“But… errm, I told…” I started, intent on saying something but having nothing to say.
“I’m not done,” He said, shutting me up with a light kiss on the lips. “Listen to my second argument before you talk. I assure you, I saved the best for last,”
I nodded, staring at him intently.
“We don’t have the time, Teni. If there’s anything Bidemi’s death taught me, it is that there is no better time like the present. I loved that girl, we had our lives planned together, but just within a few minutes, she was snatched away from me, from this world, all our carefully laid plans unfulfilled and in fact, never to be fulfilled. Nothing is guaranteed, babe! Nothing!" He sighed.
"I could be gone tomorrow, so why waste today?” He asked.
“Now, you can talk,” He added shortly.
I opened my mouth to speak but ended up closing it without a word. What do you say to that? I thought. He did save the best for last. There was no single lie in what he said. Nothing is guaranteed, and more than I could, he understood it better.
“Babe, you are honestly pulling off this fish in the water look with this opening and closing of your mouth, but it would be nice if you said something,” He said, smiling.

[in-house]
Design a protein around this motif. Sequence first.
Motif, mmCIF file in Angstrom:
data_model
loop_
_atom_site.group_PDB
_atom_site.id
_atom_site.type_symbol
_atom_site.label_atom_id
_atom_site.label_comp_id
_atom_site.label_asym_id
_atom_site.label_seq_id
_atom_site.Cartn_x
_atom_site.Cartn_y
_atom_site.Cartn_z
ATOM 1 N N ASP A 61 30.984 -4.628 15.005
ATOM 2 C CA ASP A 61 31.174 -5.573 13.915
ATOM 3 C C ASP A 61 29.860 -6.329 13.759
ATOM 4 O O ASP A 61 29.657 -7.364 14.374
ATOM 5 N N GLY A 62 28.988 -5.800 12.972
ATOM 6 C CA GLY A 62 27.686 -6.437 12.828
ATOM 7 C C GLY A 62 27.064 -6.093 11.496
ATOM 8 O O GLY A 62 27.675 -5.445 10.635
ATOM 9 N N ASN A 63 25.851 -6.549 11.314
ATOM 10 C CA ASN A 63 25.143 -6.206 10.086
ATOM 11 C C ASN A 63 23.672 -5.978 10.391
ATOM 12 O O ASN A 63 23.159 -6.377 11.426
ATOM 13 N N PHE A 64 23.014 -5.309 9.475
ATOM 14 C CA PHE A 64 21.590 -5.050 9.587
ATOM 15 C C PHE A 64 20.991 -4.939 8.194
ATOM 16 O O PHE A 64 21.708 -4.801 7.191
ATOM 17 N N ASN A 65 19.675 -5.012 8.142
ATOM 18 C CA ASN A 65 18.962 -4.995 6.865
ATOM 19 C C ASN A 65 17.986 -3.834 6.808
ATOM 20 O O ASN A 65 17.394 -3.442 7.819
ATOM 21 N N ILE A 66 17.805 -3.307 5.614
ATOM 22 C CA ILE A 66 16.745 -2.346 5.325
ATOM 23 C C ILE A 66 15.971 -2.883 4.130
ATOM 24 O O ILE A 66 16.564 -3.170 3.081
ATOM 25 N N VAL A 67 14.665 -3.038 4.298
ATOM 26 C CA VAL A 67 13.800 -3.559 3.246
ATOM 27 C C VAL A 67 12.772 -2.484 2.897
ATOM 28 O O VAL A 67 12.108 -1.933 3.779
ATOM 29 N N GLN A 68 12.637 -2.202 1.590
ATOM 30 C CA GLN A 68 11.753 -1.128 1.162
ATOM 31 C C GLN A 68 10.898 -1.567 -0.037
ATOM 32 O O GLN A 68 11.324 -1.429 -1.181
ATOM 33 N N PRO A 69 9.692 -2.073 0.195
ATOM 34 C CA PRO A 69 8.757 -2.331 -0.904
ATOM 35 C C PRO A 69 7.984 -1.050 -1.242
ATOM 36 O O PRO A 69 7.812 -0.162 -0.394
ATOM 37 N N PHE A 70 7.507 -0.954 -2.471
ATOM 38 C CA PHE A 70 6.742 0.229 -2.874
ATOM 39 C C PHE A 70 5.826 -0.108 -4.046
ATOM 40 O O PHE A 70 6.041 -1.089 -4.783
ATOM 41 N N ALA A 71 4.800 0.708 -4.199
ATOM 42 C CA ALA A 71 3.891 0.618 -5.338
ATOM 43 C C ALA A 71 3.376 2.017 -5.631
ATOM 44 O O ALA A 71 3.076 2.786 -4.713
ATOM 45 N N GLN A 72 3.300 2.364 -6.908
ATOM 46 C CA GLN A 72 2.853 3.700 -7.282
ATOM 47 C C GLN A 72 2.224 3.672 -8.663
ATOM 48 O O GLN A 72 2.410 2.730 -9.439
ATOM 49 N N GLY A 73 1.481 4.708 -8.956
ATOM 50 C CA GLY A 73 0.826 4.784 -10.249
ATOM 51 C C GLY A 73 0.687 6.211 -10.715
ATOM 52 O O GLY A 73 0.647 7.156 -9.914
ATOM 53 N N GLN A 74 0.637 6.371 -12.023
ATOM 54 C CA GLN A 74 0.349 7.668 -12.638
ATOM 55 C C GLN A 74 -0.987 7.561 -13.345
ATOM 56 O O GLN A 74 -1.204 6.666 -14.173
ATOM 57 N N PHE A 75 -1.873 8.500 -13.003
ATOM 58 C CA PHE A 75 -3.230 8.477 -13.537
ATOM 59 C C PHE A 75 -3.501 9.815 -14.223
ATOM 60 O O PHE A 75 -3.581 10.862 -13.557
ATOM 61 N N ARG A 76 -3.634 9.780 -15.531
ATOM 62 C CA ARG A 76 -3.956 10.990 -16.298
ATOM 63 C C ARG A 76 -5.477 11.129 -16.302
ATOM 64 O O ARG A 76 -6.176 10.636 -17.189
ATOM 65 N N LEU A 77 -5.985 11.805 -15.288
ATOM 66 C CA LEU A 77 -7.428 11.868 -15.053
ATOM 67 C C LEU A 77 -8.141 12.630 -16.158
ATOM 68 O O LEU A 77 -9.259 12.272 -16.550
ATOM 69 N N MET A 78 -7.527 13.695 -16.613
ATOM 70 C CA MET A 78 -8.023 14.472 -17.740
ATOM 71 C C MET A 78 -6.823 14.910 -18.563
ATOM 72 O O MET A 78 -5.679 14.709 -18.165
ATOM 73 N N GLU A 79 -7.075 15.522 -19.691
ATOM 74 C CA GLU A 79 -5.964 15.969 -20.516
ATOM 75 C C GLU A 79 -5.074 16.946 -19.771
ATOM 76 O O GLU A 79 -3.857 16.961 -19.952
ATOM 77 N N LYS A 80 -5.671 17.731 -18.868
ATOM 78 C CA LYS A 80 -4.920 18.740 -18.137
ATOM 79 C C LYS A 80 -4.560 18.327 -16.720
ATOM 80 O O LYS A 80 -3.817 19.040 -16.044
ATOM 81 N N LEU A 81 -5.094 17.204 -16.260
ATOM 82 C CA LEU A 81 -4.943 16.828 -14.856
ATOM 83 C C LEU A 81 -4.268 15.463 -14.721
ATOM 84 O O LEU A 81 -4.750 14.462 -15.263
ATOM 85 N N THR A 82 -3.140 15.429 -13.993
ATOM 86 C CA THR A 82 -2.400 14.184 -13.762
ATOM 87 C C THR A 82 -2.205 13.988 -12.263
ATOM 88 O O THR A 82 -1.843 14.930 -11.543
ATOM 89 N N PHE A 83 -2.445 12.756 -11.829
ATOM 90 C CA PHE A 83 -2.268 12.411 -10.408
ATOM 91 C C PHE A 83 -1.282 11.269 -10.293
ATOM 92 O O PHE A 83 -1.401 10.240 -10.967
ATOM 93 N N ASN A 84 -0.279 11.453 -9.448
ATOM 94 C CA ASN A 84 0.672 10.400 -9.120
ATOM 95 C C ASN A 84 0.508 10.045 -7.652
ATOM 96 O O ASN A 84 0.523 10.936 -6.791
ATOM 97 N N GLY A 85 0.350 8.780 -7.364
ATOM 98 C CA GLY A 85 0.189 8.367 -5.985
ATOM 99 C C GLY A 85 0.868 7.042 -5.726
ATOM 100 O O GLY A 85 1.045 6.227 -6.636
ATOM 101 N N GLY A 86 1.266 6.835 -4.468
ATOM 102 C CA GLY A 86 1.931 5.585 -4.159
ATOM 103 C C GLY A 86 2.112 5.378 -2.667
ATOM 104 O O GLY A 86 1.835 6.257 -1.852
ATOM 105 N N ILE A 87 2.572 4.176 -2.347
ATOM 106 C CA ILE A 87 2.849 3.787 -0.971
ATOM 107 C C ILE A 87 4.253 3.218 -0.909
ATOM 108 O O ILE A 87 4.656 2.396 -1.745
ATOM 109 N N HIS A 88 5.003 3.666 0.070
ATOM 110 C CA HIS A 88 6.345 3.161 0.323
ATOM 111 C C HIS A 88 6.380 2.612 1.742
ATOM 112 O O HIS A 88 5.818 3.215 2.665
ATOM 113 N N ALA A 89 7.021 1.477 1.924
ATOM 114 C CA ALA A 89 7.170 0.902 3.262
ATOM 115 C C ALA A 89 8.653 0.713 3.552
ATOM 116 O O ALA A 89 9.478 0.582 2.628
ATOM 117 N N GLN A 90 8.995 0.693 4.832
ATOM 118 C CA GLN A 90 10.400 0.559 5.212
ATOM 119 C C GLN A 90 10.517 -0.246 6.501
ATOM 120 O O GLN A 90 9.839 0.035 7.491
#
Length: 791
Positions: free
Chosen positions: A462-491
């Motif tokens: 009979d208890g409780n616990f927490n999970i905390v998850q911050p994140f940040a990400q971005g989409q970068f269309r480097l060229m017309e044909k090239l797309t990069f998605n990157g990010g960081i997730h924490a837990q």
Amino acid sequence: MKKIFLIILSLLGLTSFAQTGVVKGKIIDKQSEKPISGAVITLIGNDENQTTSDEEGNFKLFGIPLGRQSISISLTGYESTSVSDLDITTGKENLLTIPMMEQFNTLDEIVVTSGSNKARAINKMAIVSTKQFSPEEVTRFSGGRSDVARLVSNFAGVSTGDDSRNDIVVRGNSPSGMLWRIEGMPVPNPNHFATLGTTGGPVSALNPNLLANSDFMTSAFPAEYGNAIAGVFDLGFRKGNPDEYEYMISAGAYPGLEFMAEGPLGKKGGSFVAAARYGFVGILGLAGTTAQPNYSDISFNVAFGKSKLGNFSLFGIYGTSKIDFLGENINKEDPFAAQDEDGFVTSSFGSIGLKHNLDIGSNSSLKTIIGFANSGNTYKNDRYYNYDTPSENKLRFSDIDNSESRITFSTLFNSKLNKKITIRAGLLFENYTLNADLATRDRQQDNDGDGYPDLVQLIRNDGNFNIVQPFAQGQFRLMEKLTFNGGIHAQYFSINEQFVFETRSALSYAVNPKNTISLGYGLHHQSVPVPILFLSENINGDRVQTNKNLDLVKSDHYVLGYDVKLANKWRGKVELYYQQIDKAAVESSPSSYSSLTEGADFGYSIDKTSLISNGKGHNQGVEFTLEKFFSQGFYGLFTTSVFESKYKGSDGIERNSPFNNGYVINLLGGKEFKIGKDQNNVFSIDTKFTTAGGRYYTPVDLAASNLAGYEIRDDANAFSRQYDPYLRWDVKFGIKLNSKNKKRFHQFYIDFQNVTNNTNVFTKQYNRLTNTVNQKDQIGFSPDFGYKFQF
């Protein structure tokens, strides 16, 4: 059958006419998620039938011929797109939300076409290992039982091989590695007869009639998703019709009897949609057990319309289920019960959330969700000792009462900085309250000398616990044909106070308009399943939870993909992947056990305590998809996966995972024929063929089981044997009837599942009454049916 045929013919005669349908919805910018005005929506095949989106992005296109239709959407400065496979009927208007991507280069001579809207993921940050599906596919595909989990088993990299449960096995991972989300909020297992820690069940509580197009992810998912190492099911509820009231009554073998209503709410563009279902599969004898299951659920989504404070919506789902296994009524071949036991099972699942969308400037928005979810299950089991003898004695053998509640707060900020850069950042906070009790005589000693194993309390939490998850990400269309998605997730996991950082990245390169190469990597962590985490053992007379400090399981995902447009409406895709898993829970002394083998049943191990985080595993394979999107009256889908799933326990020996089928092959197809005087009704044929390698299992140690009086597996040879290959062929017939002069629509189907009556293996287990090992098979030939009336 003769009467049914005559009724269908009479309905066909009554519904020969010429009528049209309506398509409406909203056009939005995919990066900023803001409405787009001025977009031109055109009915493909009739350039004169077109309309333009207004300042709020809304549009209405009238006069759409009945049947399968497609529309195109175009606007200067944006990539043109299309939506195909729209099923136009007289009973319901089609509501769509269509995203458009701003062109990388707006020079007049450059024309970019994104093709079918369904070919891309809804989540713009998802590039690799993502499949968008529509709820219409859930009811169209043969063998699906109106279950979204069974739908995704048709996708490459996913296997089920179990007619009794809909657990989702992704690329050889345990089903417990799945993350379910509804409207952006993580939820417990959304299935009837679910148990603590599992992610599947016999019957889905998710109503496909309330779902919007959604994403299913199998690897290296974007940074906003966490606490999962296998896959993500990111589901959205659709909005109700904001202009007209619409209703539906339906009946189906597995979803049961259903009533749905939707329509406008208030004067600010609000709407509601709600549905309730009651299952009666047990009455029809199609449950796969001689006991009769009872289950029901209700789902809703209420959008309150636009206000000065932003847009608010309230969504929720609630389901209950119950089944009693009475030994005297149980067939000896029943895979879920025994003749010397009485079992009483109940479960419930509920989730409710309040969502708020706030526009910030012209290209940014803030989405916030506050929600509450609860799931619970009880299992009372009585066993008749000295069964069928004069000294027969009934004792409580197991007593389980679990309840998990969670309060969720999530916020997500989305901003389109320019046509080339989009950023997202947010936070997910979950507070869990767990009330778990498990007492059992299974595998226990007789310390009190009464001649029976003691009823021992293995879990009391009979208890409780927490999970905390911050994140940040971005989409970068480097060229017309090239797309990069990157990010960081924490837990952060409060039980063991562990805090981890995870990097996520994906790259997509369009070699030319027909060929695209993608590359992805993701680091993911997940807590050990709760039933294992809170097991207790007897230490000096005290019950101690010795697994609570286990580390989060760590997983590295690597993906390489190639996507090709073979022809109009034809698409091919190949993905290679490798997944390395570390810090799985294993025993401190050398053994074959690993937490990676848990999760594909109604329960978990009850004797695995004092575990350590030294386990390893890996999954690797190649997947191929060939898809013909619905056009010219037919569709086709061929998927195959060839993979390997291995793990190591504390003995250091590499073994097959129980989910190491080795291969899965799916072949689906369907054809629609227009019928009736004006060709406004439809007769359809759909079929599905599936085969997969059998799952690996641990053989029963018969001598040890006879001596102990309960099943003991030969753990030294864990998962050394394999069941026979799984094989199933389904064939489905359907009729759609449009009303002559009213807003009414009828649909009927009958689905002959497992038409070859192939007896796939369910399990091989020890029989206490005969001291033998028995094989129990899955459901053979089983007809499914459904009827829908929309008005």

“Have you told your Parent about me?” I finally spoke. “Or just your sister?”
“They have an idea,” He responded vaguely, earning a raised brow from me.
Raising his hand in surrender, he explained, “When I was still in the friend zone, I told my Mum that I met the girl I was going to marry and that when it was time, I would share the details. My sister, Lola knows the details about you, but my parents don’t yet,”
“Well, my brother knows too, so, it’s kind of the…” I started to say.
“And before you say it’s the same thing,” he cut me off. “It is not. Remember I told you I would be travelling to Akure a few days before Bola’s wedding? What I didn’t tell you was that I would be telling both my dad and Mum all about you,”
“Okay, you win,” I resigned. “You would be meeting my parents at the wedding,”
“I knew you will come around,” He grinned. “That wasn’t so hard right?”
“Well, Mr. chocolate milk, you should know my brother has your picture, and a couple of close friends in the military who are willing and ready to defend my honour,” I warned, grinning.
"Did I mention that I'm all in?" He asked, returning my grin.